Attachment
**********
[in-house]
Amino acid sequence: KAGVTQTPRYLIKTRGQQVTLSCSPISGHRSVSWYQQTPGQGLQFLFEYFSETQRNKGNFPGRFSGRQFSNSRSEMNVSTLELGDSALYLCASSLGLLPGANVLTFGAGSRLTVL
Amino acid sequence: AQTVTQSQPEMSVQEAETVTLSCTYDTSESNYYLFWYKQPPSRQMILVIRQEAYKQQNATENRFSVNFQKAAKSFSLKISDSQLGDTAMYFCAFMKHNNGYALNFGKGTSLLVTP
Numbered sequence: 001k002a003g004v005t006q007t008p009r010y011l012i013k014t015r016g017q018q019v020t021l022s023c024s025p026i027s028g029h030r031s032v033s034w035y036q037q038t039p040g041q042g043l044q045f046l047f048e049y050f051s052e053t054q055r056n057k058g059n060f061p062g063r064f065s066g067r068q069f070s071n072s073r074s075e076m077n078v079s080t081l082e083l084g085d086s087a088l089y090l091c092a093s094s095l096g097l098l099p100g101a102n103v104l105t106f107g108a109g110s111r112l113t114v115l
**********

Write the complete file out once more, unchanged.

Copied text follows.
[in-house]
Amino acid sequence: KAGVTQTPRYLIKTRGQQVTLSCSPISGHRSVSWYQQTPGQGLQFLFEYFSETQRNKGNFPGRFSGRQFSNSRSEMNVSTLELGDSALYLCASSLGLLPGANVLTFGAGSRLTVL
Amino acid sequence: AQTVTQSQPEMSVQEAETVTLSCTYDTSESNYYLFWYKQPPSRQMILVIRQEAYKQQNATENRFSVNFQKAAKSFSLKISDSQLGDTAMYFCAFMKHNNGYALNFGKGTSLLVTP
Numbered sequence: 001k002a003g004v005t006q007t008p009r010y011l012i013k014t015r016g017q018q019v020t021l022s023c024s025p026i027s028g029h030r031s032v033s034w035y036q037q038t039p040g041q042g043l044q045f046l047f048e049y050f051s052e053t054q055r056n057k058g059n060f061p062g063r064f065s066g067r068q069f070s071n072s073r074s075e076m077n078v079s080t081l082e083l084g085d086s087a088l089y090l091c092a093s094s095l096g097l098l099p100g101a102n103v104l105t106f107g108a109g110s111r112l113t114v115l